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  • 1.
    Hedenberg, Klas
    Halmstad University, School of Information Science, Computer and Electrical Engineering (IDE), Halmstad Embedded and Intelligent Systems Research (EIS), CAISR - Center for Applied Intelligent Systems Research. University of Skövde, Skövde, Sweden.
    Obstacle Detection for Driverless Trucks in Industrial Environments2014Licentiate thesis, comprehensive summary (Other academic)
    Abstract [en]

    With an increased demand on productivity and safety in industry, new issues in terms of automated material handling arise. This results in industries not having a homogenous fleet of trucks and driven and driverless trucks are mixed in a dynamic environment. Driven trucks are more flexible than driverless trucks, but are also involved in more accidents. A transition from driven to driverless trucks can increase safety, but also productivity in terms of fewer accidents and more accurate delivery. Hence, reliable and standardized solutions that avoid accidents are important to achieve high productivity and safety. There are two different safety standards for driverless trucks for Europe (EN1525) and U.S. (B56.5–2012) and they have developed differently. In terms of obstacles, they both consider contact with humans. However, a machinery-shaped object has recently been added to the U.S. standard (B56.5–2012). The U.S. standard also considers different materials for different sensors and non-contact sensors. For obstacle detection, the historical contact-sensitive mechanical bumpers as well as the traditional laser scanner used today both have limitations – they do not detect hanging objects. In this work we have identified several thin objects that are of interest in an industrial environment. A test apparatus with a thin structure is introduced for a more uniform way to evaluate sensors. To detect thin obstacles, we used a standard setup of a stereo system and developed this further to a trinocular system (a stereo system with three cameras). We also propose a method to evaluate 3D sensors based on the information from a 2D range sensor. The 3D model is created by measuring the position of a reflector with known position to an object with a known size. The trinocular system, a 3D TOF camera and a Kinect sensor are evaluated with this method. The results showed that the method can be used to evaluate sensors. It also showed that 3D sensor systems have potential to be used on driverless trucks to detect obstacles, initially as a complement to existing safety classed sensors. To improve safety and productivity, there is a need for harmonization of the European and the U.S. safety standards. Furthermore, parallel development of sensor systems and standards is needed to make use of state-of-the-art technology for sensors.

  • 2.
    Hedenberg, Klas
    et al.
    University of Skövde, School of Technology and Society, Skövde, Sweden.
    Baerveldt, Albert-Jan
    Halmstad University, School of Information Science, Computer and Electrical Engineering (IDE), Halmstad Embedded and Intelligent Systems Research (EIS).
    Stereo vision-based collision avoidance2004In: The 9th Mechatronics Forum International Conference: Conference Proceedings, Ankara: Atılım University , 2004, p. 259-270Conference paper (Refereed)
    Abstract [en]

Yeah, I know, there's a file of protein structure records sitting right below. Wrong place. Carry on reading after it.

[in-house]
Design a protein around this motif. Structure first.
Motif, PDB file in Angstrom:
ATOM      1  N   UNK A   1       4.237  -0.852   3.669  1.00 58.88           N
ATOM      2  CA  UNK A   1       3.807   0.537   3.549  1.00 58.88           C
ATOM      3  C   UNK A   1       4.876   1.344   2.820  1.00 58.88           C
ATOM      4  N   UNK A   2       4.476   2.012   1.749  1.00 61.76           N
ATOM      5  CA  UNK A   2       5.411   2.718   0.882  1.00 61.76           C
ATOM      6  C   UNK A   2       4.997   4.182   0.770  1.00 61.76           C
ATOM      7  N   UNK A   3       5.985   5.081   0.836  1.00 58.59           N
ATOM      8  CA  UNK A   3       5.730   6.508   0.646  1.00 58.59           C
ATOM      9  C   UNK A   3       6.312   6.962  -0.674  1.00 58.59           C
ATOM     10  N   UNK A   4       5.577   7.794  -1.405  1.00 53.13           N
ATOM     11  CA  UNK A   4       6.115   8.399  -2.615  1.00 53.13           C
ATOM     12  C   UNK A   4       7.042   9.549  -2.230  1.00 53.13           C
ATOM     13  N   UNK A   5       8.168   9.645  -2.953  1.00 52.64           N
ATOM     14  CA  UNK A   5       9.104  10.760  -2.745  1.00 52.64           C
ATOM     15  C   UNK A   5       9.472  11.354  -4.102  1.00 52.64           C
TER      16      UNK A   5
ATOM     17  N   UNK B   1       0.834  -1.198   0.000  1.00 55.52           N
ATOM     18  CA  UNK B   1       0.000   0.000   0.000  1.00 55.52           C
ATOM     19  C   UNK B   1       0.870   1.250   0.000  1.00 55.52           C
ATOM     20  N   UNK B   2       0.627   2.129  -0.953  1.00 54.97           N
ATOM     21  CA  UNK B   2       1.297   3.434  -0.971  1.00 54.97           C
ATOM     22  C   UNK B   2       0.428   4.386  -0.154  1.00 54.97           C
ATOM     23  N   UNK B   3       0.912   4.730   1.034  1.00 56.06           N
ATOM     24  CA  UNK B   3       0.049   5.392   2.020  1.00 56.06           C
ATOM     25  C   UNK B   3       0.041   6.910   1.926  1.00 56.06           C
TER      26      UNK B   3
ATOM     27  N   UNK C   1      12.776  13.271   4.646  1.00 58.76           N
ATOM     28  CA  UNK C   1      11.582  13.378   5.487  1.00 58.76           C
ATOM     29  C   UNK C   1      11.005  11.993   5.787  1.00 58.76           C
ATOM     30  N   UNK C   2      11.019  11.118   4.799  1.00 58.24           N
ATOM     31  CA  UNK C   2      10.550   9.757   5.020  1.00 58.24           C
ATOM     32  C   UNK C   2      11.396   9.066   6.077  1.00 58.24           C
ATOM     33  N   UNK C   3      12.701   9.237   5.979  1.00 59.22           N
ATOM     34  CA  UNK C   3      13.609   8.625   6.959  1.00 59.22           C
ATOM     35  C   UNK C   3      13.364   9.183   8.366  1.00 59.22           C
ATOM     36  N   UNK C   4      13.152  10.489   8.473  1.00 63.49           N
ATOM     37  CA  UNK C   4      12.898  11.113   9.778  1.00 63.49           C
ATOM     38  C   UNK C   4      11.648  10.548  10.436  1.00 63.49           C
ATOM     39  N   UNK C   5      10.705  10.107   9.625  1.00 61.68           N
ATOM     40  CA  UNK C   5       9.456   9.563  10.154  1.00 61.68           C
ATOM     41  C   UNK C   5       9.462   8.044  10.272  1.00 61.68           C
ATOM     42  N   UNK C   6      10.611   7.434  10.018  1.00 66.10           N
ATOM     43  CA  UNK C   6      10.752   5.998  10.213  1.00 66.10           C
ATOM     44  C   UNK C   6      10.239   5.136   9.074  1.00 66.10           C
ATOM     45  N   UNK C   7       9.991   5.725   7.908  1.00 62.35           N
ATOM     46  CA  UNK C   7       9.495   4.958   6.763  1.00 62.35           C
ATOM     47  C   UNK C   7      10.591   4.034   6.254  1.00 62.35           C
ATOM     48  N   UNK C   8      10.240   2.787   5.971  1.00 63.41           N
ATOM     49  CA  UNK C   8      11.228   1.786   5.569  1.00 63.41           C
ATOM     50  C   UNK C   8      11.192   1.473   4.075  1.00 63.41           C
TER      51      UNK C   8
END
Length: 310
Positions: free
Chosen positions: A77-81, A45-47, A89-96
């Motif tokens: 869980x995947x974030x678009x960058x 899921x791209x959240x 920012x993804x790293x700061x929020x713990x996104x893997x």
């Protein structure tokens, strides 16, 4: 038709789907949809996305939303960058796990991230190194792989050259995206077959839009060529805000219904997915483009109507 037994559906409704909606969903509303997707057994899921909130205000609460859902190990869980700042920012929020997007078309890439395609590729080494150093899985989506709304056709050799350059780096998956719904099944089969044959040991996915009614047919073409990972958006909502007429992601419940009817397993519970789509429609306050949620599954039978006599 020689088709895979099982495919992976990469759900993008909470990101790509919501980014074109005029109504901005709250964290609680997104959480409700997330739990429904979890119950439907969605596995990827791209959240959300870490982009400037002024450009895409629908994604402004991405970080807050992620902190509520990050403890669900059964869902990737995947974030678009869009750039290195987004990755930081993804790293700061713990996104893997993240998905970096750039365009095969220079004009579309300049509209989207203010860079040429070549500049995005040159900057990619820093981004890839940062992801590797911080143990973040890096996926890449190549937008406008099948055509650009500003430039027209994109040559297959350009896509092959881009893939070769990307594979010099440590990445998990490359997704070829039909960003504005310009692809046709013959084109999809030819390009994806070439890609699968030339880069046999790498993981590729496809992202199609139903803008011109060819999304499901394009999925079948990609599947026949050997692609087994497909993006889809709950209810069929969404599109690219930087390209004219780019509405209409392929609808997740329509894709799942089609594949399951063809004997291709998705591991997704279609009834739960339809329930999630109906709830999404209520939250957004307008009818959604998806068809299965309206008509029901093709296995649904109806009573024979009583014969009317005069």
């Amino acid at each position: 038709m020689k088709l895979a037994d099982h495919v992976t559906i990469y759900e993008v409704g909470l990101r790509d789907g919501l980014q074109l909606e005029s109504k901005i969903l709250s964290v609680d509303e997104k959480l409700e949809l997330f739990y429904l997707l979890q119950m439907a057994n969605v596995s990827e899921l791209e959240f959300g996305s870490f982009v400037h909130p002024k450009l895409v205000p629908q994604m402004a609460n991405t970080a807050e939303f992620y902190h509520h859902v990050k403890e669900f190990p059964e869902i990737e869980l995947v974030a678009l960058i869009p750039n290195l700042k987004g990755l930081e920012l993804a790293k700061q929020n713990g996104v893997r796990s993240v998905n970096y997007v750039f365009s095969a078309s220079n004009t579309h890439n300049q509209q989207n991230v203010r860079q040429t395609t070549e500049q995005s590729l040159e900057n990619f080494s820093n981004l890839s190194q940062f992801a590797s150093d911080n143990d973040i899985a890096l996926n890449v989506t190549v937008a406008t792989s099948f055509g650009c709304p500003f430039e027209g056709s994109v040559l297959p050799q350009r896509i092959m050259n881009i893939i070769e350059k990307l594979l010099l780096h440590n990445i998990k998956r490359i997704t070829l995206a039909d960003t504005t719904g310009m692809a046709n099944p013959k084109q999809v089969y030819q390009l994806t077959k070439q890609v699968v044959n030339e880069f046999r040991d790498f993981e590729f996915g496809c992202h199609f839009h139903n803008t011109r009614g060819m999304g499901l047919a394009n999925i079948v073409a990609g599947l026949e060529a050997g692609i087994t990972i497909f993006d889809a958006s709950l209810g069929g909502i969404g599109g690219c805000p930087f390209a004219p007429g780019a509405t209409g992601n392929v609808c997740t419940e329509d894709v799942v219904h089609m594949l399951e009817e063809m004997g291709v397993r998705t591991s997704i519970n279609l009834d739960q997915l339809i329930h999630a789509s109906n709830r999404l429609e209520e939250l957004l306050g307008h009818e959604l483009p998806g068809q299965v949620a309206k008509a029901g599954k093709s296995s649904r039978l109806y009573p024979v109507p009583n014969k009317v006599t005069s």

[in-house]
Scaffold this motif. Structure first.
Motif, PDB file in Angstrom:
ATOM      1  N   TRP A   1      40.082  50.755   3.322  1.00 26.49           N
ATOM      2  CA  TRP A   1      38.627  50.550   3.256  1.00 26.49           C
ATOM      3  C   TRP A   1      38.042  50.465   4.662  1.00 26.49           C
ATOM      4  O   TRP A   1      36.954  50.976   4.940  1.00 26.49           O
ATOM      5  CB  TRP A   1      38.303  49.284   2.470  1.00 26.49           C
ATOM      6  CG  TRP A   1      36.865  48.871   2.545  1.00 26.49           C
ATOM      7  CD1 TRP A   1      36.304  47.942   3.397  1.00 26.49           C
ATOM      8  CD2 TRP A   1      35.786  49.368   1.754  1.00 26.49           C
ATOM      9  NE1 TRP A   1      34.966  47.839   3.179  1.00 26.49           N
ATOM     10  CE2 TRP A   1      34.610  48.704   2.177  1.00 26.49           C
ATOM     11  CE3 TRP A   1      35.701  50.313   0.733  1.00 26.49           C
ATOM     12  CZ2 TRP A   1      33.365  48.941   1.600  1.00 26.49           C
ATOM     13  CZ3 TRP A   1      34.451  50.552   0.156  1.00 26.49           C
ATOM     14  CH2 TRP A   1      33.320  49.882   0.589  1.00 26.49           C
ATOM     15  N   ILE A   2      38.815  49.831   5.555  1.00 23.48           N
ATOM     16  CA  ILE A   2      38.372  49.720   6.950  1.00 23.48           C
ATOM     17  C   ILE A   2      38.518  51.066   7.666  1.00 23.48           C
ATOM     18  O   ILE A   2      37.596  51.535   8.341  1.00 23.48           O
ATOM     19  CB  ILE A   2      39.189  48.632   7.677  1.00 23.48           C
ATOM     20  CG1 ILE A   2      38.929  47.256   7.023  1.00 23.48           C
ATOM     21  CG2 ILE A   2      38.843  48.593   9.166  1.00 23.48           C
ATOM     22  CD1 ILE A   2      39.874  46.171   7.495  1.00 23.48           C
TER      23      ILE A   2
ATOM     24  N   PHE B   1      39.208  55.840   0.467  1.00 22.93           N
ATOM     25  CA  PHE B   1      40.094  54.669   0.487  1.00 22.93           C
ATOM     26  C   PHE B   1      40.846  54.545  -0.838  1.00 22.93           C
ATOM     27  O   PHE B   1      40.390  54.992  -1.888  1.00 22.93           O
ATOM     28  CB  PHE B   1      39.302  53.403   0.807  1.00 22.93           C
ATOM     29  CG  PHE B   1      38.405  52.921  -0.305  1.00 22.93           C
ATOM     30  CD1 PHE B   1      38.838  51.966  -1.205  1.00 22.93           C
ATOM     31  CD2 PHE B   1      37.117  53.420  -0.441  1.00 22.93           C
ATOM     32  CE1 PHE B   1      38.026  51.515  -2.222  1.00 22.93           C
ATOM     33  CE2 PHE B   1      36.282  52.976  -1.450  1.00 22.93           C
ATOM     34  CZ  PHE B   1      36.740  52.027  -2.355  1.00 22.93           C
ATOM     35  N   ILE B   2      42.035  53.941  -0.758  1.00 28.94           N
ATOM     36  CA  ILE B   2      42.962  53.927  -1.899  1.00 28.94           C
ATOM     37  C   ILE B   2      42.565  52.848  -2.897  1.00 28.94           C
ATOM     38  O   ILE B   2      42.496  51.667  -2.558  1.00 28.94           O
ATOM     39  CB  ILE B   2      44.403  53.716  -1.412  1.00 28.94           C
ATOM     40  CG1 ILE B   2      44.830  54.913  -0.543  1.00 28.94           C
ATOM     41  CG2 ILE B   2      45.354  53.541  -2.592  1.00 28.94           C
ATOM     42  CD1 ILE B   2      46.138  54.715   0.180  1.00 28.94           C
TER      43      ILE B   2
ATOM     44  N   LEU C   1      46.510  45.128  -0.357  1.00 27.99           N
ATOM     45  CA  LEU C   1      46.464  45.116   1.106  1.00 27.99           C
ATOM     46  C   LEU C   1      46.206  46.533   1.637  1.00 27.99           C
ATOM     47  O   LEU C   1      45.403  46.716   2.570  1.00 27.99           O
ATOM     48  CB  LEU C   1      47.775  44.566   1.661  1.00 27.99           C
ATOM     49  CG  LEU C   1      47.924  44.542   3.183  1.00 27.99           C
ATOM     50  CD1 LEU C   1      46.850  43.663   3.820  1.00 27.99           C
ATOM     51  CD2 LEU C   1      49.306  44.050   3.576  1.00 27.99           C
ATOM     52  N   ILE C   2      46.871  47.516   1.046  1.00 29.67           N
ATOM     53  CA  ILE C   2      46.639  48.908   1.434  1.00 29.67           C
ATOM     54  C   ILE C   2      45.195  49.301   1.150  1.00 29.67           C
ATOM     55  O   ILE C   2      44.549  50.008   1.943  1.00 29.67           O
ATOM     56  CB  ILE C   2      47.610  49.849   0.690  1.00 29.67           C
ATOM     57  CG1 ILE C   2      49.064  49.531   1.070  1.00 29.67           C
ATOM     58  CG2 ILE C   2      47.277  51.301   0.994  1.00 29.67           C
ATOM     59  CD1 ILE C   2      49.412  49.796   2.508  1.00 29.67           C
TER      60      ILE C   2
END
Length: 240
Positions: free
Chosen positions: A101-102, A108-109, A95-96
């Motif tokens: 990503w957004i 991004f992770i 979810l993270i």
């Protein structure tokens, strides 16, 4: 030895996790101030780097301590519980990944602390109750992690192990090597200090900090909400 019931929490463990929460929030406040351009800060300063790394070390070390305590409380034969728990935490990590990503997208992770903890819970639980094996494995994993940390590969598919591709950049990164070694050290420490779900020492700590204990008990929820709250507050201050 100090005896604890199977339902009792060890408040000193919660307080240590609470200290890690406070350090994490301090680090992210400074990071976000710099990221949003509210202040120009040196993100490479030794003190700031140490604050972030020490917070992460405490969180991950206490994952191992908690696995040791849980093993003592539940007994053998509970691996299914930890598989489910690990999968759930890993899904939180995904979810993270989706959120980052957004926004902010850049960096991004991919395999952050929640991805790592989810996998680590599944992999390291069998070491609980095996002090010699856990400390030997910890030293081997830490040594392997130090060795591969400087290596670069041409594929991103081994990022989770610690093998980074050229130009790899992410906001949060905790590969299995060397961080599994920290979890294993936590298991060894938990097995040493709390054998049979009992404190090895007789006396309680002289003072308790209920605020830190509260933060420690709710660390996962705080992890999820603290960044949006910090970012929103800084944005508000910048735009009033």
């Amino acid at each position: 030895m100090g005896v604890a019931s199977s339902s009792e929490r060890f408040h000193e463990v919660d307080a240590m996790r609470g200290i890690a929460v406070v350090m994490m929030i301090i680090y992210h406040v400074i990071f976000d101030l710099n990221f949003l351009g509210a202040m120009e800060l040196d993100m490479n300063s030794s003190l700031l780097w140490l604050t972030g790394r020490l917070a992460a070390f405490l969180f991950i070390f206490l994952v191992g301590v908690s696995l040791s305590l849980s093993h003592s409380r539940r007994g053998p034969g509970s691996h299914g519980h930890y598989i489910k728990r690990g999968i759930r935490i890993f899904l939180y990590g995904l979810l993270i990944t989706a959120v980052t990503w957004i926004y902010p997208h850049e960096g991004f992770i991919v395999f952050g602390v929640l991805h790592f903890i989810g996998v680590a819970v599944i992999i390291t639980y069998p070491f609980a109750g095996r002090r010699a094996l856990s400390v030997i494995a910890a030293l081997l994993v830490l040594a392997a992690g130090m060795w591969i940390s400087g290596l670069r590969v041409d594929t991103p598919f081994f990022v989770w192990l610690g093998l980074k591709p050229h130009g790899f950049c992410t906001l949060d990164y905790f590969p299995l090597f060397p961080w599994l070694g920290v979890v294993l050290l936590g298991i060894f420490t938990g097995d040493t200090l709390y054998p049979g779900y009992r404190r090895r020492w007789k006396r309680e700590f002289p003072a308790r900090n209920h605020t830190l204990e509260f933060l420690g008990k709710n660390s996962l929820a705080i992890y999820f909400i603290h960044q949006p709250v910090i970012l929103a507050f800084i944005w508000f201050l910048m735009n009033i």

This paper investigates whether a stereo vision system based on points of interest is robust enough to detect obstacles for applications like a mobile robot in an industrial environment and for the visually impaired. Points of interest are extracted with a known method, called KLT. Two algorithms to solve the correspondence problem (Sum of Squared Difference and Variance Normalized Correlation) are used and evaluated as well as a combination of the two. An improvement is made if the two algorithms are combined. The tests show that stereo vision based on points of interest only can be used robustly for obstacle detection if there is enough texture on the obstacle. Otherwise too few points of interest on the object are detected and a reliable estimation of the distance to the object cannot be made.

  • 3.
    Hedenberg, Klas
    et al.
    Skövde University, Skövde, Sweden.
    Åstrand, Björn
    Halmstad University, School of Information Technology, Halmstad Embedded and Intelligent Systems Research (EIS), CAISR - Center for Applied Intelligent Systems Research.
    3D Sensors on Driverless Trucks for Detection of Overhanging Objects in the Pathway2015In: Autonomous Industrial Vehicles: From the Laboratory to the Factory Floor / [ed] Roger Bostelman & Elena Messina, Conshohocken: ASTM International, 2015, p. 41-56Chapter in book (Refereed)
    Abstract [en]

    Human-operated and driverless trucks often collaborate in a mixed work space in industries and warehouses. This is more efficient and flexible than using only one kind of truck. However, since driverless trucks need to give way to trucks, a reliable detection system is required. Several challenges exist in the development of an obstacle detection system in an industrial setting. The first is to select interesting situations and objects. Overhanging objects are often found in industrial environments, e.g. tines on a forklift. Second is choosing a detection system that has the ability to detect those situations. The traditional laser scanner situated two decimetres above the floor does not detect overhanging objects. Third is to ensure that the perception system is reliable. A solution used on trucks today is to mount a 2D laser scanner on the top of the truck and tilt the scanner towards the floor. However, objects at the top of the truck will be detected too late and a collision cannot always be avoided. Our aim is to replace the upper 2D laser scanner with a 3D camera, structural light or time-of-flight (TOF) camera. It is important to maximize the field of view in the desired detection volume. Hence, the placement of the sensor is important. We conducted laboratory experiments to check and compare the various sensors’ capabilities for different colors, used tines and a model of a tine in a controlled industrial environment. We also conducted field experiments in a warehouse. The conclusion is that both the tested structural light and TOF sensors have problems to detect black items that is nonperpendicular to the sensor and at the distance of interest. It is important to optimize the light economy, meaning the illumination power, field of view and exposure time in order to detect as many different objects as possible. Copyright © 2016 by ASTM International